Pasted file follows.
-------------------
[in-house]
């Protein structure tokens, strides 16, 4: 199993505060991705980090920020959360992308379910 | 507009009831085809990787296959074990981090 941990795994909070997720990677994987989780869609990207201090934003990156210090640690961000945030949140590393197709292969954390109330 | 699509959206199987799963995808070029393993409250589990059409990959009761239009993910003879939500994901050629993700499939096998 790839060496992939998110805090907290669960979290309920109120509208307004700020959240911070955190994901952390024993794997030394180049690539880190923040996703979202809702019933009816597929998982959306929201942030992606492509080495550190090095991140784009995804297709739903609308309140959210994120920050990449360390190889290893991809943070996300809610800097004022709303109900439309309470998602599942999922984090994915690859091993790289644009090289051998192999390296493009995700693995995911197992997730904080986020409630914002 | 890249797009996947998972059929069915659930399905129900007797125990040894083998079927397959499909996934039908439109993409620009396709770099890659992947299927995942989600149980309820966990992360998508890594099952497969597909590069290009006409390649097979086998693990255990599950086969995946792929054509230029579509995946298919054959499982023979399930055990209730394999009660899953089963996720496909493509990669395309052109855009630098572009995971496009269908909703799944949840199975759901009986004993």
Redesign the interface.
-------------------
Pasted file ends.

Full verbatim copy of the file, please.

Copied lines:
[in-house]
């Protein structure tokens, strides 16, 4: 199993505060991705980090920020959360992308379910 | 507009009831085809990787296959074990981090 941990795994909070997720990677994987989780869609990207201090934003990156210090640690961000945030949140590393197709292969954390109330 | 699509959206199987799963995808070029393993409250589990059409990959009761239009993910003879939500994901050629993700499939096998 790839060496992939998110805090907290669960979290309920109120509208307004700020959240911070955190994901952390024993794997030394180049690539880190923040996703979202809702019933009816597929998982959306929201942030992606492509080495550190090095991140784009995804297709739903609308309140959210994120920050990449360390190889290893991809943070996300809610800097004022709303109900439309309470998602599942999922984090994915690859091993790289644009090289051998192999390296493009995700693995995911197992997730904080986020409630914002 | 890249797009996947998972059929069915659930399905129900007797125990040894083998079927397959499909996934039908439109993409620009396709770099890659992947299927995942989600149980309820966990992360998508890594099952497969597909590069290009006409390649097979086998693990255990599950086969995946792929054509230029579509995946298919054959499982023979399930055990209730394999009660899953089963996720496909493509990669395309052109855009630098572009995971496009269908909703799944949840199975759901009986004993």
Redesign the interface.